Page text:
A federal judge today rejected a request by more than 260 Mass General Brigham employees to block the hospital network from firing them tomorrow because they don't want to get a Covid-19 shot.
US District Court Judge F. Dennis Saylor emphasized the workers can continue to press their claim that the state's largest hospital system will be firing them in violation of the Americans with Disabilities Acts or in violation of their First Amendment religious rights, but ruled that the hospital proved a legitimate interest in requiring shots and that the masks, self-screening, frequent testing and social distancing proposed by the workers were simply no match to vaccinations for curbing a virus that has killed more than 700,000 Americans.
The employees who bought the suit, who include registered nurses and an oncologist, claimed that the fact the hospital did grant shot exemptions to roughly 234 employees, proved their case that the hospital was discriminating against the workers who did not get exemptions.
But at a hearing this morning, Saylor said the evidence before him showed the employees did not yet have a good enough case and failed to show the "irreparable harm" that would be required for him to grant an injunction. He cited one worker who claimed she needed an exemption because she is pregnant; the judge noted that under federal disability law, pregnancy itself is not considered a disability.
In contrast, he said, the hospital proved "it would cause an undue hardship on them to have substantial numbers of unvaccinated employees," both because the hospital would have to hire additional workers to replace unvaccinated ones who contract Covid-19 and because it would lose some amount of public trust if word got out it had a significant number of unvaccinated employees.
Mass General Brigham, which can't turn away patients, he said, "has a very strong interest in assuring the public that it is a reasonably safe environment that it is doing what it can" to reduce the spread of a highly contagious, often deadly disease. He concluded, in fact, that in weighing the potential harm to the employees of not granting the injunction versus the potential harm to Mass General Brigham should he grant it, that the hospital system would face far greater harm with unvaccinated employees on staff.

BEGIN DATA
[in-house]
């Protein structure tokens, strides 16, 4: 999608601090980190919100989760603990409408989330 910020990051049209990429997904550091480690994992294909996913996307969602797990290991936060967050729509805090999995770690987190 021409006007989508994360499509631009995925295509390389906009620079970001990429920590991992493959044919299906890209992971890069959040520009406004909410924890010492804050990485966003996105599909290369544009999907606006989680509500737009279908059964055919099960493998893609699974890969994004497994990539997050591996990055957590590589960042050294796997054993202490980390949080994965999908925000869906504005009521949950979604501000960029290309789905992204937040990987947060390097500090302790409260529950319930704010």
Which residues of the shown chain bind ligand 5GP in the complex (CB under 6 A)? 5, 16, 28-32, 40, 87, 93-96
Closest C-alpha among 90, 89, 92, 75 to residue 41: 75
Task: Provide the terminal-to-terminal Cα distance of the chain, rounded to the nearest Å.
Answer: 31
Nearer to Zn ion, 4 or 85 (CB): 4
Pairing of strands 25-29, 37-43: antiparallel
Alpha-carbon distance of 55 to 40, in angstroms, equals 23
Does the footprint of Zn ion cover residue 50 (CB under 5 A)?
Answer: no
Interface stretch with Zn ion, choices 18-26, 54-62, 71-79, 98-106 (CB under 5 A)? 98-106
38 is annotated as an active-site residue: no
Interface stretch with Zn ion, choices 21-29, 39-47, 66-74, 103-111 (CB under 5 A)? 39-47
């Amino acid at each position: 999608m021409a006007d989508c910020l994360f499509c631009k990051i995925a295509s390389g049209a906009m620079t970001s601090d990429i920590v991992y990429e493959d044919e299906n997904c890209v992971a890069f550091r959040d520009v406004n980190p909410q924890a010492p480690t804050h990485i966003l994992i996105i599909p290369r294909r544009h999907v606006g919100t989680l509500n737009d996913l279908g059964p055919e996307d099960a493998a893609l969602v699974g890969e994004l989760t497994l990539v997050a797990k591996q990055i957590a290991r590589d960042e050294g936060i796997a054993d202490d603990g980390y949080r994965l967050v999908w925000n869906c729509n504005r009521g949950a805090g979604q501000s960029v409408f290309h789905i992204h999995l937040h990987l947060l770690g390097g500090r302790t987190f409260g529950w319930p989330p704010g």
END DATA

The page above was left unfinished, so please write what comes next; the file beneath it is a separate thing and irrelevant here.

Hospital attorney Katherine Perrelli said that when Mass General Brigham announced in August it would start enforcing a vaccine mandate on Nov. 5, some 2,402 of its roughly 74,000 employees asked for either medical or religious exemptions. The system set up panels to consider medical exemptions and a separate one to consider religious exemptions.
Ryan McLane, the attorney representing eight named employees plus what he said were 257 others, said the whole process was an inscrutable one and that employees were not given any way to appeal rulings.
Saylor agreed the process was essentially "a black box," but also said he would protect the names of members of the panels in further proceedings because of "the very difficult and tense public environment in which we are operating [related to vaccinations] ... a world in which it's easy to make Internet threats and to harass people on the Internet."
McLane said the workers are hardly in favor of Covid-19, that as health-care workers, their very jobs consist of doing everything they can to fight the disease. "Their job is fighting Covid-19 and they want to go back to work," he said.
Employees retain their rights to practice their religions, to do what they can to protect their own health - one of the plaintiffs said she has endured skin swelling after flu shots - that medical studies showed few hospital workers or patients got Covid-19 from each other and that the employees could be "reasonably accommodated" by letting them wear masks, practice social distancing, do self screening and work at home if they do get sick, McLane said.
Perrelli countered those studies were from 2020, before people started getting vaccinations and before the far more contagious Delta variant began circulating.
She said the mandate applies to all workers, even those still allowed to work at home, because the hospitals are still in "all hands on deck" mode, where remote workers know they can be called into a hospital or clinic at any moment.
Saylor himself added that self screening can be ineffective - some people are infectious but asymptomatic - and that many of the tests now in use are far from 100% accurate. He said McLane had simply failed to show that those measures are as effective as vaccination.
Saylor also ruled McLane had failed to show any retaliation against employees. Perelli said Mass General Brigham will welcome back any of the workers once they show proof of vaccination.